Stood in a large hall, surrounded by empty tables where hundreds of undersized battles have been decided with hundreds of handfuls of dice, I ask Games Workshop's licensing manager Erik Mogensen a question that I know is a stupid one, but I feel I should ask. Is the Warhammer Online game in any way an attempt to be a translation of the table-top war game?
"Not at all. It's not about the table-top game, it's about the IP". Such easy use of legal abbreviations for 'intellectual property' could seem off-putting, but Mogensen isn't being evil and lawyerly. The 'IP' at Games Workshop isn't something as scabby as the Coca-Cola's Dynamic Ribbon Device, or the words 'I'm Lovin' It'. It's Warhammer, in all its fluid, high concept glory. This IP isn't just a jealously maintained business asset - although it obviously is that, as copyright infringers will discover - it's the reason there's such a low turnover of staff, and why so many employees have been there close to 20 years. Paul Barnett, Mythic's lead designer and cheerful gushing man from the lobby, gives an insight. "There was a job application from a guy and he gave a web address on his CV. There were space marines all over his site, so that was a good start."
There's already been one attempt at a Warhammer MMO, a combined effort between Games Workshop and Climax. GW decided, after some time in development, that they didn't like the way the game was going, or this whole joint venture style of making computer games, and pulled out. Far better to license it out, and do what they do best - communicate 'the IP' to someone more equipped to forge it into an MMO.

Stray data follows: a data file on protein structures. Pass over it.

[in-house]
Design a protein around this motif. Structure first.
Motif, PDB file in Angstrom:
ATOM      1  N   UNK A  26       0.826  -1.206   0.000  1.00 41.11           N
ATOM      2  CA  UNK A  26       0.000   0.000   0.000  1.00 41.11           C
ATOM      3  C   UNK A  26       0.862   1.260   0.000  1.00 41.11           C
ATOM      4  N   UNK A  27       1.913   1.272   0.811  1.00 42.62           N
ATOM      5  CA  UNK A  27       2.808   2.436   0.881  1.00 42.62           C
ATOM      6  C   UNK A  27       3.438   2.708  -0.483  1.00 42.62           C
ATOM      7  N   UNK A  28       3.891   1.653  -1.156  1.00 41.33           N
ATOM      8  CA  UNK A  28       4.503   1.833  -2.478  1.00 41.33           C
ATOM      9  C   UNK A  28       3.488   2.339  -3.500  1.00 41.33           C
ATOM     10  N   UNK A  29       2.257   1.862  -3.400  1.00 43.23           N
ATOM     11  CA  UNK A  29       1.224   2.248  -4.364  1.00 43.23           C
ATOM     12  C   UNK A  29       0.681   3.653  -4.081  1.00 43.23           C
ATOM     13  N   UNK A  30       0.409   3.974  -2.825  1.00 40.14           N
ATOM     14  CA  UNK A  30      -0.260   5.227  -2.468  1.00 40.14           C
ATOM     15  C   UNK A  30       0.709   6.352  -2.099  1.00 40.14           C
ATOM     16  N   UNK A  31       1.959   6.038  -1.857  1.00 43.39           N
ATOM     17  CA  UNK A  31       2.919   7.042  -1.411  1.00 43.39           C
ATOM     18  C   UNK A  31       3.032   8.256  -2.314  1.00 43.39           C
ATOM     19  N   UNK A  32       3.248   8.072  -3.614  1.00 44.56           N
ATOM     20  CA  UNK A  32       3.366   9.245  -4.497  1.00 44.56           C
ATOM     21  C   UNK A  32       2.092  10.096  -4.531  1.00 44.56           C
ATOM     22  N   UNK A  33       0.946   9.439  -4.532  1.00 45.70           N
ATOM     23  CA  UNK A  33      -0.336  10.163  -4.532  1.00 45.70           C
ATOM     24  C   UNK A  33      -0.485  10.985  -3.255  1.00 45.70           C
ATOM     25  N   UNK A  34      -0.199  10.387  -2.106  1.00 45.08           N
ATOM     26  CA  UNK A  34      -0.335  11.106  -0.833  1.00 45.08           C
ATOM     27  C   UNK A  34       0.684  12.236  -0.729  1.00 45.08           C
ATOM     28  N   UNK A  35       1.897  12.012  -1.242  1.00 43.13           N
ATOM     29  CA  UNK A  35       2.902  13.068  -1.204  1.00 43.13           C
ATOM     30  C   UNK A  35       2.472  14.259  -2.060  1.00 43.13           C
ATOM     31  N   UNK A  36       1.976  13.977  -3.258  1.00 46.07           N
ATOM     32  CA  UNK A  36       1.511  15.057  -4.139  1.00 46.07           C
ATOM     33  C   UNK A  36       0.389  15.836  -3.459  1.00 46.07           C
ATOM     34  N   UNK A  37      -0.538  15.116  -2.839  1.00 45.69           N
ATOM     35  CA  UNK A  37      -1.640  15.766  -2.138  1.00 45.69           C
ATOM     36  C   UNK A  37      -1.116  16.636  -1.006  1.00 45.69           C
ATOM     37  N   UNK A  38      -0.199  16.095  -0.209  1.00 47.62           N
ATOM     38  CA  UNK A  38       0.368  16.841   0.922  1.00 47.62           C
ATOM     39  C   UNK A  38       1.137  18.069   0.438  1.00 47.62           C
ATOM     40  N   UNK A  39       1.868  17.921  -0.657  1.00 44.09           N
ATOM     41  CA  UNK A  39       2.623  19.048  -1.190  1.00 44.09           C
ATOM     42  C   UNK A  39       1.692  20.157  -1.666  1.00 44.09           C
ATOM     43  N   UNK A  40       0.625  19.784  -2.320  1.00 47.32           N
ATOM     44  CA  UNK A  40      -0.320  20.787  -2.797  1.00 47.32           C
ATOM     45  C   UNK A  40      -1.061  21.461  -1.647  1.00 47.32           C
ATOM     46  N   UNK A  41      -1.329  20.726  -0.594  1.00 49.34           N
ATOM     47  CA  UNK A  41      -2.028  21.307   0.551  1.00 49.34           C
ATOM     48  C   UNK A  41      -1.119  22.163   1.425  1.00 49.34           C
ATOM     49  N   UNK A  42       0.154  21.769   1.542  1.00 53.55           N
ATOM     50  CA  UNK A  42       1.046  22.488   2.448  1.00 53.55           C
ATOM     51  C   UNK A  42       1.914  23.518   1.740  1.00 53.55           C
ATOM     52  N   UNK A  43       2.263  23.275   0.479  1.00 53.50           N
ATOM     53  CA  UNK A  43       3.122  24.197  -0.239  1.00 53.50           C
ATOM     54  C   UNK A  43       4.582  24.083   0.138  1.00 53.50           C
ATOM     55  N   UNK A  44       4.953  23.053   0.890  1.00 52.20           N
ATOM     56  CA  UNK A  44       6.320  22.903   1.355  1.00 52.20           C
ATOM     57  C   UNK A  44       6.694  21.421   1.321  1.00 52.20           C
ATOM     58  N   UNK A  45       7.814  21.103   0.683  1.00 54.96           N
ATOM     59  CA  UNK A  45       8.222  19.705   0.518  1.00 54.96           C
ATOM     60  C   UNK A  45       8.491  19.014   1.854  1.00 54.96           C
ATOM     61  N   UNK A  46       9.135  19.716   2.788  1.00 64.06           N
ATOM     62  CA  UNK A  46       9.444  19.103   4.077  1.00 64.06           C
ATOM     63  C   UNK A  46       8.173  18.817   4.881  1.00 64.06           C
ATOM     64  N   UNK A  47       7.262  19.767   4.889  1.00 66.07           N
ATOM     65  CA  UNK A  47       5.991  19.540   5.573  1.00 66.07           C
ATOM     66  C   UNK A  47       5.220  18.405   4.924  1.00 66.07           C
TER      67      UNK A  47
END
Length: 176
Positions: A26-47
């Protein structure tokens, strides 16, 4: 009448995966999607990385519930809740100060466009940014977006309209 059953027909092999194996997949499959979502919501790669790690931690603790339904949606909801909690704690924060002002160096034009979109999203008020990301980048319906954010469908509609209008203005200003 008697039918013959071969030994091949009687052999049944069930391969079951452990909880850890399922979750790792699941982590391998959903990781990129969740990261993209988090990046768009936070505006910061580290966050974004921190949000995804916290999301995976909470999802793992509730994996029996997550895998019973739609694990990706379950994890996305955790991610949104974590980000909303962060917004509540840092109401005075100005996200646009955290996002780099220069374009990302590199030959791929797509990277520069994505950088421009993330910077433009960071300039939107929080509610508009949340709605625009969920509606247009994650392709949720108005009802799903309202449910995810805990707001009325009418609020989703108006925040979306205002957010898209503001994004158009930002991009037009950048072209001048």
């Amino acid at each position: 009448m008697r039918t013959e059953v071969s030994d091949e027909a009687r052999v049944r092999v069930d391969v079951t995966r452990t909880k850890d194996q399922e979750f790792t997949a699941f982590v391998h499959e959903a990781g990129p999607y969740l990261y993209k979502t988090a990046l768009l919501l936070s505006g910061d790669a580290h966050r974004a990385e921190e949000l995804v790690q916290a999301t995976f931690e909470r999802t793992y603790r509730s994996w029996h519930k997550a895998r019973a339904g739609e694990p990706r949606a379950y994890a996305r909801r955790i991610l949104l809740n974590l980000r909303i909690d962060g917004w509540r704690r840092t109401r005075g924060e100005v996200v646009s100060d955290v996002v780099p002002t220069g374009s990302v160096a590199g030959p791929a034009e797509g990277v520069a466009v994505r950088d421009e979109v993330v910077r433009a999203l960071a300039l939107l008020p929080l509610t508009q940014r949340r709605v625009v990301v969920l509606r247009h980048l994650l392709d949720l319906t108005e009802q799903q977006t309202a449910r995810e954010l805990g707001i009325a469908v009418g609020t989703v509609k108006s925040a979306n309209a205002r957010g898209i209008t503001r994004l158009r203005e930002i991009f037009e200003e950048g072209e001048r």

MAKING HIS MARK
So the once bitten, twice shy rule of - well, getting bitten and then being shy as a result - was avoided, thanks to Mythic Entertainment's CEO, Mark Jacobs. A game-making veteran from the MUD days, Jacobs knew the Games Workshop people long before getting the Warhammer licence. Having enlisted Paul Barnett into his multiple role as Mythic's lead designer, Warhammer enthusiast and video-diarykeeping evangelist, Jacobs had little trouble convincing Games Workshop of his ability to faithfully recreate the Warhammer world in an MMO environment.
So what makes this Warhammer universe, this IP, distinct from the Tolkien world it uses as a springboard? Barnett steps in. "On the face of it, it's goblins, dwarves, the same as everything else. But that's like saying Shakespeare's just words and books. It's different, it's joyous." Goblins and chain mail are just the tools and a part of the result, not the essence. How you use them is important.
In Warhammer, dwarves are dour Yorkshireman, while the isolationist and superior dark elves have a fairly solid whiff of Americana. And orcs? Well, they're English football hooligans. There may be fun to be wrung from their stupidity, but they're savage
bastards. Tolkien's taped-down world feels like weedy escapism in comparison; Warhammer has more of a fun sense of brutal allegory.
Just look at the maps. No meticulous cartography here, giving readers the chance to put their finger where Frodo is at the moment. Warhammer's maps are made by people with priorities. Orc maps feature useless gloats, like "we killd dis dragon", or they may note a "gud smell here". An elven map will be more idealistic, showing the world how it should be - under their control, obviously. "People sometimes ask us why this tower is further north than it used to be - and it isn't," points out Mogensen. "We don't know where the tower is." It's obviously an excellent excuse to be forgetful, too.